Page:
The cleaning represented by these pictures was done in about one hour.
After visiting a cemetery with a friend -- I choose to blog a little about the care and feeding of a Grave Headstone.
My friend was young, alone and grieving when she lost her beloved father in 1964. She gallantly arranged for the funeral, grave site and receptions by herself. She wanted the very very best money could buy. She chooses a Blue Marble large headstone. Circumstances changed her life and although she lived near by; she did not visit the cemetery for some time. To her surprise time, weather, oxidation and algae had faded, stained and defaced her gravestone.
Marble is porous and stains easily. If its polished marble then the film on it which makes it look dull will be from oxidation in the atmosphere & algae etc will form a film on it. Algae will actually start a hole that becomes larger over time.The cemetery will professionally clean the marble markers and headstones--for a fee, of course (See previous blog regarding Family Foundations)
It was interesting to "surf" the net for possible solutions to clean one yourself.
The suggestions of course ran the gamut from passive to quite aggressive methods:
Some people will tell you that you should not clean the headstone
Try a potato cut in half
Use two teaspoons of bicarb/soda. with two tablespoons; of water. Rub it on using a rag. Let it dry; Then polish off.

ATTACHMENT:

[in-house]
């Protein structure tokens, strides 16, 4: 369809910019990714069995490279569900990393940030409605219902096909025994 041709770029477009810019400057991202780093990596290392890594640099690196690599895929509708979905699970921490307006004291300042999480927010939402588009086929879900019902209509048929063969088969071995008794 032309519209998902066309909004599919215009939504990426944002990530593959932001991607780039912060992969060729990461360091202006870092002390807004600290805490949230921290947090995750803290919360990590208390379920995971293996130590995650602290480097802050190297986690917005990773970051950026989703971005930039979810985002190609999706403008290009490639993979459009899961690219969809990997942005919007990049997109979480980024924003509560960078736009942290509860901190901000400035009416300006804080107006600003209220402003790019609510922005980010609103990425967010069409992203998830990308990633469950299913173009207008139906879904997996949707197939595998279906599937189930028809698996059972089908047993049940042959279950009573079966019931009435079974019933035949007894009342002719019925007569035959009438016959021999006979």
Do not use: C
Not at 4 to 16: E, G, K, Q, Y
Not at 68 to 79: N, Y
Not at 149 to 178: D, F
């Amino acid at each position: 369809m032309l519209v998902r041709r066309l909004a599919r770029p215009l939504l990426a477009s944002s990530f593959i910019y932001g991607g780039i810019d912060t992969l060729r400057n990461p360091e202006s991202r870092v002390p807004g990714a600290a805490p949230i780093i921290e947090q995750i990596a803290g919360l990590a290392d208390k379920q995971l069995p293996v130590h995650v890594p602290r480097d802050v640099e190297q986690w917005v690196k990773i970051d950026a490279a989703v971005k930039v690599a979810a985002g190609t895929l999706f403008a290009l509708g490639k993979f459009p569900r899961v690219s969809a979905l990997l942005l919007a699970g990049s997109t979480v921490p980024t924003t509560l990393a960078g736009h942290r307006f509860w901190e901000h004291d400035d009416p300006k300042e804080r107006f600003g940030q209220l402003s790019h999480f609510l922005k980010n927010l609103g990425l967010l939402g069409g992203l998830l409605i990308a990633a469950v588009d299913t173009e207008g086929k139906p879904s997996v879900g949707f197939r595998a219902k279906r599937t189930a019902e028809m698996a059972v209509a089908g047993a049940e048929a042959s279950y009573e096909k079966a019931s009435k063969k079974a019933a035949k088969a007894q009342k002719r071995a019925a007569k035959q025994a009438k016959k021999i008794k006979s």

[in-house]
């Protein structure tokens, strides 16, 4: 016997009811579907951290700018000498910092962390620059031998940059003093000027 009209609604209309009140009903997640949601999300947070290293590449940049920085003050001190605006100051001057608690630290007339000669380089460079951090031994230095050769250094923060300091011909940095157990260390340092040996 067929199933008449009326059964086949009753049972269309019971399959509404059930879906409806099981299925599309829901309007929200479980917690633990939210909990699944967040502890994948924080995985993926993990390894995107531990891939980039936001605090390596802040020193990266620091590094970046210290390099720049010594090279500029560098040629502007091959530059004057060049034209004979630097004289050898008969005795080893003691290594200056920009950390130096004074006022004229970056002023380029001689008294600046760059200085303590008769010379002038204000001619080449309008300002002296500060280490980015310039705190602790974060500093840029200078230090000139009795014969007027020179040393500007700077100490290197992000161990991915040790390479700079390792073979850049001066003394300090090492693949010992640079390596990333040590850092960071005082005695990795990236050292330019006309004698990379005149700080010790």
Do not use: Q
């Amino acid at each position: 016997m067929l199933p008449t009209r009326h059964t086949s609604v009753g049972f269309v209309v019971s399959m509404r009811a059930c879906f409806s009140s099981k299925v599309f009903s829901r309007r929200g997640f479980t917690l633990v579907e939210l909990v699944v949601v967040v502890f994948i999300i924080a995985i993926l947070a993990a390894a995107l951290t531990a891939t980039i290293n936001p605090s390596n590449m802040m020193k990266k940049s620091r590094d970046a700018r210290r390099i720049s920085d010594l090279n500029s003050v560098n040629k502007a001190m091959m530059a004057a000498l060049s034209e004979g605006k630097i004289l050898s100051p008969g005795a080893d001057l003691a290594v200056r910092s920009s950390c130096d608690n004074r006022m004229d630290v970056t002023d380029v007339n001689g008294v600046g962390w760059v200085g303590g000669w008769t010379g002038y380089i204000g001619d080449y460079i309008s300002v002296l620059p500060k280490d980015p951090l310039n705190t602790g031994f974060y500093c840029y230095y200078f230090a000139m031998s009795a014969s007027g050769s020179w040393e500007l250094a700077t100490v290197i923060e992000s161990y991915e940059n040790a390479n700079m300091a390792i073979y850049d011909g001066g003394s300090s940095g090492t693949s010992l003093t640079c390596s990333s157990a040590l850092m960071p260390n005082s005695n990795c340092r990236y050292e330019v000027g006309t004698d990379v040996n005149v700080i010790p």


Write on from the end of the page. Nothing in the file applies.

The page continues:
For rust stains, you can remove superficial stains with vigorous scrubbing using a soft cloth and a non-abrasive mild detergent.
Mix a quarter cup of bleach in with your soapy water.
Get it steam-cleaned
An application of naval jelly or other rust remover following the manufacturer's directions for use. But thoroughly rinse off the product after using so it doesn't continue to eat away at the stone.
Use brasso or T Cut
If the surface is not polished, you can go to a hardware store and purchase ''Muriatic Acid''. Be careful, use long rubber gloves and goggles and follow the label's directions!
Pop into your local monumental mason, for some cleaner, its an acid.
There are lots of marble cleaners available on-line and at the big hardware stores. Lowe's and Home Depot.
To clean an old marble that is already weather-beaten, then you can use a non-brass wire brush and Clorox bleach (the thick kind) to do the job. The bleach will get rid of any algae growth. But be sure to thoroughly rinse off with lots of water.
If it's yours forget it . It can't be done
The most comprehensive suggestion came from this following link:
Pictures of the before and after cleaning are available at this site also.
You should assess the condition of the stone prior to cleaning. I would not attempt this on a headstone that was crumbling. I have seen the . The following are items you will need. In the interest of safety, read and follow all label directions of the manufacturer. Below is a list of items you will need:
•A wire brush (not made of brass)
•A pump up sprayer that will handle a corrosive
•Safety goggles for your eyes
•Old Clothes or a rain poncho
•Fresh Clean Gallons of Water
•Several Gallons of Clorox Outdoor™
•Some Clean Rags, I prefer white
1.Put on the safety goggles and rubber gloves first.
2.Spray the stone, covering it completely. Wait about 15 minutes. If there is a large algae growth, use the brush lightly to loosen it. You may have to repeat this several times, depending on the amount of algae growth.
3.On the third or fourth application you can rinse with water to see where you stand in the cleaning process.
The quote given to clean the monument was $700.00 from a monument company. The cost of all items was about $50.00 -- and the sprayer goggles, gloves and other items could be used again.